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Inside Teen Librarian Toolbox

Take 5: Christie’s Fav non-Comic book Free Comic Book Day Reads

 

Yes, I love a good comic book. And a good graphic novel. I also love tying in my love in comics and graphic novels with teen books. So, for those in the mood, a Take 5 that goes beyond the comic strips and graphic novels, in visual format. Plus a bonus two.

Do you agree? Disagree? Share in the comments!

And two that I haven’t read, but are on my to be read list that I’m hearing good buzz about:


I eat cereal, but I am not a serial killer (Serial Killers in YA Lit)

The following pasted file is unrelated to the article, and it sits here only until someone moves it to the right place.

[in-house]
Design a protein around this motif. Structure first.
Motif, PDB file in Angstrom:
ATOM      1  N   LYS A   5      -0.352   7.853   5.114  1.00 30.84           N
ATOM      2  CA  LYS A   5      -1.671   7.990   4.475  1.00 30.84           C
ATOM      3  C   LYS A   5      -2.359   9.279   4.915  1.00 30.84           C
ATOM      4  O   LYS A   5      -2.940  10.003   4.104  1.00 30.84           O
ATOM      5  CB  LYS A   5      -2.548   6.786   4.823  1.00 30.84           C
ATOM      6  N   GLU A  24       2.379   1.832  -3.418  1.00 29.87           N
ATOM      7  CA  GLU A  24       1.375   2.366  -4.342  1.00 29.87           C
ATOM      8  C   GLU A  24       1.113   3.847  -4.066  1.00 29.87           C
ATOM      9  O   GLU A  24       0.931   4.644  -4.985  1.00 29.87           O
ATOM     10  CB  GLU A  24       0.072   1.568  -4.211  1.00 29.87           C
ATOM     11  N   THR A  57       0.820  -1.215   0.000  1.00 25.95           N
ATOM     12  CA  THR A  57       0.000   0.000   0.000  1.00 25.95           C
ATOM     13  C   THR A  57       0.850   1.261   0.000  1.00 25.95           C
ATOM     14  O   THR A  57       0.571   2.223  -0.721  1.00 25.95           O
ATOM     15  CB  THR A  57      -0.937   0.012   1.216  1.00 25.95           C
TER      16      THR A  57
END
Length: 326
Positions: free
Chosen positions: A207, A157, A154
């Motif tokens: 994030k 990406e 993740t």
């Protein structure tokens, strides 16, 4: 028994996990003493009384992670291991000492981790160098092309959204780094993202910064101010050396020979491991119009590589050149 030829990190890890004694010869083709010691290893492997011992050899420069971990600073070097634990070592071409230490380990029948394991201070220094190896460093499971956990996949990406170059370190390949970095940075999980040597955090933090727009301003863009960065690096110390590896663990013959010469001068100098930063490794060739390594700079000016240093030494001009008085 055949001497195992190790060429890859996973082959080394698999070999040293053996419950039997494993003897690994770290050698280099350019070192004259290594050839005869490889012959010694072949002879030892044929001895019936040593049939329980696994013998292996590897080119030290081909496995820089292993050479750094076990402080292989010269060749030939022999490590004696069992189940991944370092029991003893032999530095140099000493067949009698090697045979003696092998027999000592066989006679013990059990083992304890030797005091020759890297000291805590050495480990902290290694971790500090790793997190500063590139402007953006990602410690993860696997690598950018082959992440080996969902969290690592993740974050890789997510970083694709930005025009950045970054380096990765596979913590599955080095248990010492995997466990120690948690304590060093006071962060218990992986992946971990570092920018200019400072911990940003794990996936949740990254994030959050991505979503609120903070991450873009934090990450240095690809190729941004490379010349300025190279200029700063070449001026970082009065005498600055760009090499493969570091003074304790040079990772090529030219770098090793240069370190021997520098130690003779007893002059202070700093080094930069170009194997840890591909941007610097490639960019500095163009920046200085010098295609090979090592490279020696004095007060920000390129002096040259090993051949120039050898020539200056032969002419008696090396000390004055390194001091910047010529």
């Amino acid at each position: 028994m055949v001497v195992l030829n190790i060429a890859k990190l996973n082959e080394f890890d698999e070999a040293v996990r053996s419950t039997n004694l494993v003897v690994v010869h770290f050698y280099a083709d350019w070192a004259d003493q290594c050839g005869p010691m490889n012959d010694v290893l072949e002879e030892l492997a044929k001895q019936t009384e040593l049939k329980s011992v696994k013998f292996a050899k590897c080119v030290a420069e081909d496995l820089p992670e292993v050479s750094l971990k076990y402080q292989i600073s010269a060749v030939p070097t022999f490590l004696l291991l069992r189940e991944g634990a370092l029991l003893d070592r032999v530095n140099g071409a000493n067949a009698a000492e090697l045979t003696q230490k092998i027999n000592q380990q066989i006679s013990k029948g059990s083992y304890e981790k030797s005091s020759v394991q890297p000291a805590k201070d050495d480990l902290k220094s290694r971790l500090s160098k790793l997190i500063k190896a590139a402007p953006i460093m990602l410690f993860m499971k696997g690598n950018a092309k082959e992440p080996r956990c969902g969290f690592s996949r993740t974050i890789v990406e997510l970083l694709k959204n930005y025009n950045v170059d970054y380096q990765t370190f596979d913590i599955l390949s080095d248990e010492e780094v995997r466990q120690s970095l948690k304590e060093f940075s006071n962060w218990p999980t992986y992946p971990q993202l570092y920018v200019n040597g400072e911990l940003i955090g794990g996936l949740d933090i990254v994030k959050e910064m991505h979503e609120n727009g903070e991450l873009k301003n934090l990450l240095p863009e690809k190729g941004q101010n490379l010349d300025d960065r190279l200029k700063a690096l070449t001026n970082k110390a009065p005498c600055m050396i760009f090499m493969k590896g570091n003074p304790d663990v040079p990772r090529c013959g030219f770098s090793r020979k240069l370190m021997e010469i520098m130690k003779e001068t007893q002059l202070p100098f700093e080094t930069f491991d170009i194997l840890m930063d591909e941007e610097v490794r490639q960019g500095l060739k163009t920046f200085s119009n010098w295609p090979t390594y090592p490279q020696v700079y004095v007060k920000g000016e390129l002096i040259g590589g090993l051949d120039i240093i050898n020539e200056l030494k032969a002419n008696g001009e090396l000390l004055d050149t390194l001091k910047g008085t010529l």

This is a completely true story:  One day I was picking my 6 year-old daughter up from Vacation Bible School and when I asked her how it was she said, “It was good.  No one put duct tape on my mouth and locked me in the trunk.”  As you can imagine, this was not the answer I was expecting.  I was thinking she would say, “It was nice to see my friends” or “The snack was good” or “We learned that Jesus loved us”.  Where, you might ask, would a 6 year-old get such a bizarre answer?  Well, you see, I watch Criminal Minds and occasionally, she comes into my room late at night while I’m watching it.  I turn the channel as fast as I can, but yeah, she has seen some of it. (We’re totally not a normal family, are we?)